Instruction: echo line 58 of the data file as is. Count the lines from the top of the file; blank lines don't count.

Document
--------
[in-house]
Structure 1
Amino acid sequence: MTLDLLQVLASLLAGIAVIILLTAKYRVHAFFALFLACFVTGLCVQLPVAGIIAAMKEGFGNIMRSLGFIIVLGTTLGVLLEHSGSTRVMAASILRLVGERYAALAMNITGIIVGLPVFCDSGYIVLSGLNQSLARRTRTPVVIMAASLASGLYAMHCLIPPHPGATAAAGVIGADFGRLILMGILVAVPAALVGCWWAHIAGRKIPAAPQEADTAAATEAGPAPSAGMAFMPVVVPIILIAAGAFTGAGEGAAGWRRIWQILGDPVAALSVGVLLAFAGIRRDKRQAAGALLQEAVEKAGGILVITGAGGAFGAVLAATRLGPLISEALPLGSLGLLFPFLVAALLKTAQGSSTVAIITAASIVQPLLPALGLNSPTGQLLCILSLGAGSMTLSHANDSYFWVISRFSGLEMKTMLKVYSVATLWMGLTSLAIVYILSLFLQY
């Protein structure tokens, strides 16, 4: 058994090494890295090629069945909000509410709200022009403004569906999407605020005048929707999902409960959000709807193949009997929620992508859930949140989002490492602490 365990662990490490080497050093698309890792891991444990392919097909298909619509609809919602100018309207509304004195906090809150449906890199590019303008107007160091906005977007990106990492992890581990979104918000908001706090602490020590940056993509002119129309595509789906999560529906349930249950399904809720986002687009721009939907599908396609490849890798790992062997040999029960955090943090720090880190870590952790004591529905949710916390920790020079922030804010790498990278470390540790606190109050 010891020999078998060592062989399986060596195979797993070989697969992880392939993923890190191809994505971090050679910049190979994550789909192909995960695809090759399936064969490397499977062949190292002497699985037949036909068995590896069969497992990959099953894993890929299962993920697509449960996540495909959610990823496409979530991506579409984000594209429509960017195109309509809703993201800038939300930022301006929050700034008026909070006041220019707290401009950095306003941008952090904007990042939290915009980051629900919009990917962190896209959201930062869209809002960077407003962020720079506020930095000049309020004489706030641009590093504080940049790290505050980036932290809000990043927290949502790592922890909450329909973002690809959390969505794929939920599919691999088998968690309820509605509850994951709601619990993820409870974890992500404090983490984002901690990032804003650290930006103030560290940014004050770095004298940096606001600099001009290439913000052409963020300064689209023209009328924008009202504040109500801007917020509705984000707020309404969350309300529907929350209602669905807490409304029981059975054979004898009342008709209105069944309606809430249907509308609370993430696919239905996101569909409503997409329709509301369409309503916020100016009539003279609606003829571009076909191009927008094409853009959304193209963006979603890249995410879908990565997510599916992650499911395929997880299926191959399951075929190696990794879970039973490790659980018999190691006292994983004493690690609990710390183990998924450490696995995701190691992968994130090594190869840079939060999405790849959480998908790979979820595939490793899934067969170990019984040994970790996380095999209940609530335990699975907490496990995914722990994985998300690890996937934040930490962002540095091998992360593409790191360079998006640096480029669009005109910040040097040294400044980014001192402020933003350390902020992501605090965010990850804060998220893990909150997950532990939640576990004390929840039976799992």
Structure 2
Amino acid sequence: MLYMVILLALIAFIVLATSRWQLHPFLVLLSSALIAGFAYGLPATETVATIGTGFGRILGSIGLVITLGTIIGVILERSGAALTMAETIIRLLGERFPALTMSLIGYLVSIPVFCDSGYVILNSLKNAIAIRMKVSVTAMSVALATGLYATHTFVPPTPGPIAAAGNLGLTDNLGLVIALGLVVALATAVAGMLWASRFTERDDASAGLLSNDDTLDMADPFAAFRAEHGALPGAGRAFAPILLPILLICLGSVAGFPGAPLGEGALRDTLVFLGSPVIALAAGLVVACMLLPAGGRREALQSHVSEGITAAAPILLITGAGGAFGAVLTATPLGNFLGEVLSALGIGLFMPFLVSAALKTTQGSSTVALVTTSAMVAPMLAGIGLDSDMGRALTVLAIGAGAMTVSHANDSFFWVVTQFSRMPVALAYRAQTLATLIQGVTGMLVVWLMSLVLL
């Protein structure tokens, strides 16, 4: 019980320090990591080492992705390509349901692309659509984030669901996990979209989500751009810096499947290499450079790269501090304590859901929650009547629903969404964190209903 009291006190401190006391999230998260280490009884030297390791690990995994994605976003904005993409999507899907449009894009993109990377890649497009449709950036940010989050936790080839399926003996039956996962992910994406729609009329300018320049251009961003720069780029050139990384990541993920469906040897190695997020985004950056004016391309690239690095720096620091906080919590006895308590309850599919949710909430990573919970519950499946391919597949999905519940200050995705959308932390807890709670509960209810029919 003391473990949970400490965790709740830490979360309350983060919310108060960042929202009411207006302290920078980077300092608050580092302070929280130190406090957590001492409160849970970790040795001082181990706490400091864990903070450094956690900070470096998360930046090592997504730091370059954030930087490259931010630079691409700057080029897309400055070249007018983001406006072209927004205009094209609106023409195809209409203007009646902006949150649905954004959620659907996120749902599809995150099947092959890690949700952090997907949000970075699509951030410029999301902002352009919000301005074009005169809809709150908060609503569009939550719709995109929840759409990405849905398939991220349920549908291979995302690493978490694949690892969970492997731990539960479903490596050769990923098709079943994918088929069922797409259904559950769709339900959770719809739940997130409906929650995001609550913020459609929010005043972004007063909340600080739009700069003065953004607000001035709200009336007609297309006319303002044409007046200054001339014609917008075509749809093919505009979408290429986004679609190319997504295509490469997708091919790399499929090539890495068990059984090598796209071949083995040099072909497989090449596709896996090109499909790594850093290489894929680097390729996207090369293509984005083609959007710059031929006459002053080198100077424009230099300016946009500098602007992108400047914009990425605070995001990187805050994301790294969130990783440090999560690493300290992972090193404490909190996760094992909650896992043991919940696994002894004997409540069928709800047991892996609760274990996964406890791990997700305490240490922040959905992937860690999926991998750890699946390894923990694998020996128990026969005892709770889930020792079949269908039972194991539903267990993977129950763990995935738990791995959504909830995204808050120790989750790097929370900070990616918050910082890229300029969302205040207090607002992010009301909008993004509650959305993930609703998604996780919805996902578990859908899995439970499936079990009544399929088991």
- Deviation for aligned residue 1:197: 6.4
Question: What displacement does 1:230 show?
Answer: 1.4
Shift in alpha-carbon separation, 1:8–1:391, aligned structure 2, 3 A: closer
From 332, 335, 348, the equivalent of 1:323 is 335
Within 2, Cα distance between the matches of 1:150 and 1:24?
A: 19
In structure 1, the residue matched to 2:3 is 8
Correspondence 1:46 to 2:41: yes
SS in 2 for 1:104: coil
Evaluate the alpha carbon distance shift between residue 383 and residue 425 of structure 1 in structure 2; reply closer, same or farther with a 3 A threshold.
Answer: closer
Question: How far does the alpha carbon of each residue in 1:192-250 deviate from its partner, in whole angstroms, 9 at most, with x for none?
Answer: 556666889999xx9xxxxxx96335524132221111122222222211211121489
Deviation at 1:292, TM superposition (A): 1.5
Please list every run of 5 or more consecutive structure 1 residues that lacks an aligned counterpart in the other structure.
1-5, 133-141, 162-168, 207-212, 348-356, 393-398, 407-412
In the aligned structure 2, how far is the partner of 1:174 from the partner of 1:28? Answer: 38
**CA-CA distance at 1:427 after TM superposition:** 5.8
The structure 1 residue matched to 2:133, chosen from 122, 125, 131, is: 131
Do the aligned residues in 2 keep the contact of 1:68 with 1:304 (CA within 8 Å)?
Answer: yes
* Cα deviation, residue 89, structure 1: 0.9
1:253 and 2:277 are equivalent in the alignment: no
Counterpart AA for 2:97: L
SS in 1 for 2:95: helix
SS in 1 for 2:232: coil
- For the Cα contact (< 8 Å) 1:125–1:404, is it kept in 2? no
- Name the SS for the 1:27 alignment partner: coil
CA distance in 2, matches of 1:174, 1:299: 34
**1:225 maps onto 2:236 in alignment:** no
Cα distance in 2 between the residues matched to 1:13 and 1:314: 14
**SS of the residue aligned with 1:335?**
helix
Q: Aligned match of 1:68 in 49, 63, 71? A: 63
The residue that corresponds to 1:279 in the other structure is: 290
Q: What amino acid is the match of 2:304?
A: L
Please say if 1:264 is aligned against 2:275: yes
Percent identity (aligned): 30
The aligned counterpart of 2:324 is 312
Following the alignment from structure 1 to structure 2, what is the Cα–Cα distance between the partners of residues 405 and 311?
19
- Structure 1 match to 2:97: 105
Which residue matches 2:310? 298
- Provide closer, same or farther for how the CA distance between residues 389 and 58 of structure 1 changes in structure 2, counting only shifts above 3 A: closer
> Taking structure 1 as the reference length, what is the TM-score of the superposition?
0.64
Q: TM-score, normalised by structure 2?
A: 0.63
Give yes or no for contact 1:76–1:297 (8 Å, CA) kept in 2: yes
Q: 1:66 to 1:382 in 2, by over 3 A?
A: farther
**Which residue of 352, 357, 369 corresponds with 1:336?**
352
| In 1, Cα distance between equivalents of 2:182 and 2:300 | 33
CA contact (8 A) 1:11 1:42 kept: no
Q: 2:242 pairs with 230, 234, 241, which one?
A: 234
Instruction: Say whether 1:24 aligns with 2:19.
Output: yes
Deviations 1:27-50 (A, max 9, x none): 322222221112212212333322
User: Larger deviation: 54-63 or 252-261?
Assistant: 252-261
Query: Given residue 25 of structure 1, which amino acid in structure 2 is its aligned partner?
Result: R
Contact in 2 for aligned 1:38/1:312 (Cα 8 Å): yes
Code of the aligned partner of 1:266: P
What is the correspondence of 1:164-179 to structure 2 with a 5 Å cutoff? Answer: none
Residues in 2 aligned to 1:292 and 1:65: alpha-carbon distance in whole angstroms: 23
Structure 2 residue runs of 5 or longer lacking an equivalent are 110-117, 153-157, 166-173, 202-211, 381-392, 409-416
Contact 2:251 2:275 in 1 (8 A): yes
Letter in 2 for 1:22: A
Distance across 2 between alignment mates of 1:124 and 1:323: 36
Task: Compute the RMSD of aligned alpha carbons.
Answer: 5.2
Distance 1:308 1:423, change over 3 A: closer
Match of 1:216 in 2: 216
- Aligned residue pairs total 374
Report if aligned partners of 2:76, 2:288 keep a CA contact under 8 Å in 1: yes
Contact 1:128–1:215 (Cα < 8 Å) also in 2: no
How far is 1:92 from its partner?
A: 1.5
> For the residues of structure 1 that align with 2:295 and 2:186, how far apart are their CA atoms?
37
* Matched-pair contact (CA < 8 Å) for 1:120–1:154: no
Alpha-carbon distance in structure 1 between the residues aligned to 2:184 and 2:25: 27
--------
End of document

Give yes or no for contact 1:76–1:297 (8 Å, CA) kept in 2: yes